It’s the critical investment you need to make in your brand
Everybody loves the LemonTop logo (or so they tell us). No matter where you see the lemon-yellow speech bubble it is instantly recognised by those who love us, and often commended by the wider business community. Like many brand designs we have created, right from the beginning, we were always rigid and consistent in displaying our brand. It was always our “LemonTop” Word Mark inside the speech bubble and never wavered. And there lay the problem. A good visual identity should conjure up the images and emotions associated with your brand’s personality even when the logo design isn’t visible. We now know that rather than being static with your identity, having a flexible brand system means that your brand design and strategy can be constantly evolved to reflect changing values, business focus, and customer needs in a continuously changing landscape.
Static and inflexible brand design is no longer the way forward.
Over the last couple of years, we have come to realise that, for your brand to evolve and move forward you must give it the creative freedom it demands. Our world is now fully responsive, and brands communicate across a multitude of different platforms, using different devices, accessing an array of printed, digital and social media. Brands must still attract attention while being instantly recognisable and consistent but it’s becoming increasingly difficult for brands that are based on a static logo or symbol to communicate their message and tell their story across so many different channels.
To fully connect, your brand needs a system based visual identity
We are now seeing a major change in the communication between brands and their customers. It’s no longer commercially practical to communicate with a logo-based visual identity, portraying the same messages over and over again. Everyone is questioning, challenging and engaging with brands on a personal level, so your visual language needs to reflect this. While it’s still extremely important to remain consistent, this new language requires a system-based visual identity where you encompass everything from colours, typefaces and icons through to photography and graphic elements. They all work together to produce the look and feel of your brand without having to actually display your logo. Many of our clients now refer to yellow as LemonTop Yellow. Just by seeing a simple colour conjures up the images and emotions they associate with LemonTop as a business. The same goes for our uniquely unusual typeface and Larry, our company mascot. These dynamic and eye-catching elements are where the emotional connection to our brand lies.
Is your brand ready for this new world of freedom and expression?
Since the explosion of social and digital media platforms, customers’ brand values have changed dramatically. The traditional need for stability and rigidity in a brand has morphed through a period of durability and now customers are demanding we give brands the freedom to communicate with creative expression. Brands are beginning to see new communication channels opening from every direction, but this is nothing new. It all started with MTV, the music video channel that developed its own, new and creatively explosive visual language in the 1980s. They had to cater for a myriad of different musical styles, genres, and age ranges so a single static logo was never going to be enough to target their vastly different consumer ideals. They were extremely fluid in their brand presentation, but they were the punks of their generation, casting the rules aside and inventing new ways to shock and disrupt a stiff collared society. This flexibility worked for them, and it is still working today. Look no further than Google, with their icons and favicons being flexed around different services they offer, and their corporate word mark being flexibly used every day to celebrate dates and anniversaries. Virgin’s red colour, Vodafone’s speech mark, O2’s animated bubbles, they all flex and morph with great freedom and creative expression.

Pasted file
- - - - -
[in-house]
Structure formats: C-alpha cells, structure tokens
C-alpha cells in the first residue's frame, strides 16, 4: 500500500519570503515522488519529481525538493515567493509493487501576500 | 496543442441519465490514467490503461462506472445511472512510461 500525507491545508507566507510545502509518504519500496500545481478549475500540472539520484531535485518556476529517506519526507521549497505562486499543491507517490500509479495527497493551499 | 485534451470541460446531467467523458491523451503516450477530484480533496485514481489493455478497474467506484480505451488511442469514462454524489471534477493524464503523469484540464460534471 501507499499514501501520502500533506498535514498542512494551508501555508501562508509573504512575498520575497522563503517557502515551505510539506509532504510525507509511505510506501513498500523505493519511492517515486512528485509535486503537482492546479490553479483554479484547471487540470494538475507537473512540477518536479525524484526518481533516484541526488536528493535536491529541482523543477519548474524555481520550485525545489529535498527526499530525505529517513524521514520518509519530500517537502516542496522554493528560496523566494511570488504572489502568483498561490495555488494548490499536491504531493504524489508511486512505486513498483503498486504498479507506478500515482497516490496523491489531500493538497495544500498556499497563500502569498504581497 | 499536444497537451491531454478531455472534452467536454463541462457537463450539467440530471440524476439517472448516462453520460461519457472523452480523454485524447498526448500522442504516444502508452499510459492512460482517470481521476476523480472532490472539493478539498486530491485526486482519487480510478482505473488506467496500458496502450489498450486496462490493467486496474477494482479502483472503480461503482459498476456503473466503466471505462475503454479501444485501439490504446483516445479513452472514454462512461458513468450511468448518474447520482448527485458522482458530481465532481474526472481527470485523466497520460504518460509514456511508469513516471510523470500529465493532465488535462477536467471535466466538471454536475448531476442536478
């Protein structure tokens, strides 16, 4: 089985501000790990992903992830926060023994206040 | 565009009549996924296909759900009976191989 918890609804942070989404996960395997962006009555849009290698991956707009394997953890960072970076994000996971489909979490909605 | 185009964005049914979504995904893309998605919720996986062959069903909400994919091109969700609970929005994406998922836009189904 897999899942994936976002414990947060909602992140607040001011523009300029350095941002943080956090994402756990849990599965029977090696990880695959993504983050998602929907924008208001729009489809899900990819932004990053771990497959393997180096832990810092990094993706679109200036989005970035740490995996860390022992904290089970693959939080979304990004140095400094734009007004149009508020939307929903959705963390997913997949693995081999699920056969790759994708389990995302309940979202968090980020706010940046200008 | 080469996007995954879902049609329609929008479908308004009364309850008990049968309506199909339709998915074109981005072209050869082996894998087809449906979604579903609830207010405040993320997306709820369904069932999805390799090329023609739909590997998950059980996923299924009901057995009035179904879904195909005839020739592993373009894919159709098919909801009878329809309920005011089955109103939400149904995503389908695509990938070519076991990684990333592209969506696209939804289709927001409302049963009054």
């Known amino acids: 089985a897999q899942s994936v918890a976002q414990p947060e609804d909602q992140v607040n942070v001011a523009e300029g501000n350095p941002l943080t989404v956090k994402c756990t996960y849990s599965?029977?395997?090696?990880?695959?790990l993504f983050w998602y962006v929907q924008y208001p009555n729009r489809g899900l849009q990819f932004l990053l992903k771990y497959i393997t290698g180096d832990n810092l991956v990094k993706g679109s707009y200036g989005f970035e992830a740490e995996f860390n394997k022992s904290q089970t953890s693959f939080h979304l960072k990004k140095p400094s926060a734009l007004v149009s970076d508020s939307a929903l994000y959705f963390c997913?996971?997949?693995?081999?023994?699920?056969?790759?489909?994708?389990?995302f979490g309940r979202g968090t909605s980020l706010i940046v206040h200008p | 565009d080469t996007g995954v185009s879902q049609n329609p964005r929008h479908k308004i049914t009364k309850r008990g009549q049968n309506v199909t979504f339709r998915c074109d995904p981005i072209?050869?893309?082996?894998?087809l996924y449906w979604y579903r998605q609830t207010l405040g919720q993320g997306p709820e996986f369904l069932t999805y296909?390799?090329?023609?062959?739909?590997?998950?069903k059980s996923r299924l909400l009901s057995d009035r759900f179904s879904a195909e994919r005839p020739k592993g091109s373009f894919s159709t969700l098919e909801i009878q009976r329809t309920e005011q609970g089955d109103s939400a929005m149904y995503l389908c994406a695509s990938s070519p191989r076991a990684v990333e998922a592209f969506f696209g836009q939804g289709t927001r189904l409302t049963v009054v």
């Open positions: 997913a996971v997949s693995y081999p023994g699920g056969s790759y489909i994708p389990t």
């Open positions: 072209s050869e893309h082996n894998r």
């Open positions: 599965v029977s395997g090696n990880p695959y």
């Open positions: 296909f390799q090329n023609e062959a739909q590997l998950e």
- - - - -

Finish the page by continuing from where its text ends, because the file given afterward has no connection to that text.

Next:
What are you doing to give your brand the freedom it demands?
For a long time, brands were doing all the talking and having one-way conversations. Now, customers are demanding that brands listen and learn from them, support their values, and communicate with them on their own personal level. This is turning the design world on its head, and your brand must evolve into a fluid and flexible entity to ensure that you are seen clearly from every new angle and across every new channel. We have chosen to embrace flexibility in our brand and are reaping the rewards of having conversations instead of creating monologues. We are helping others who are struggling with the misconception that they will lose control of their brand. By not embracing flexibility they are running the risk of cutting conversations dead and losing the customers they worked so hard to find.
Is your brand as flexible as it should be?
Remember, your logo is the cherry on top of your brand cake, but your brand’s visual identity should run through everything you do, even without your logo. A flexible, system based visual identity is fast becoming a critical investment you need to make in your brand to carry on building familiarity and recognition in this new digital world. From your products and services, all the way through to your creative culture, it will help you communicate in a whole new language.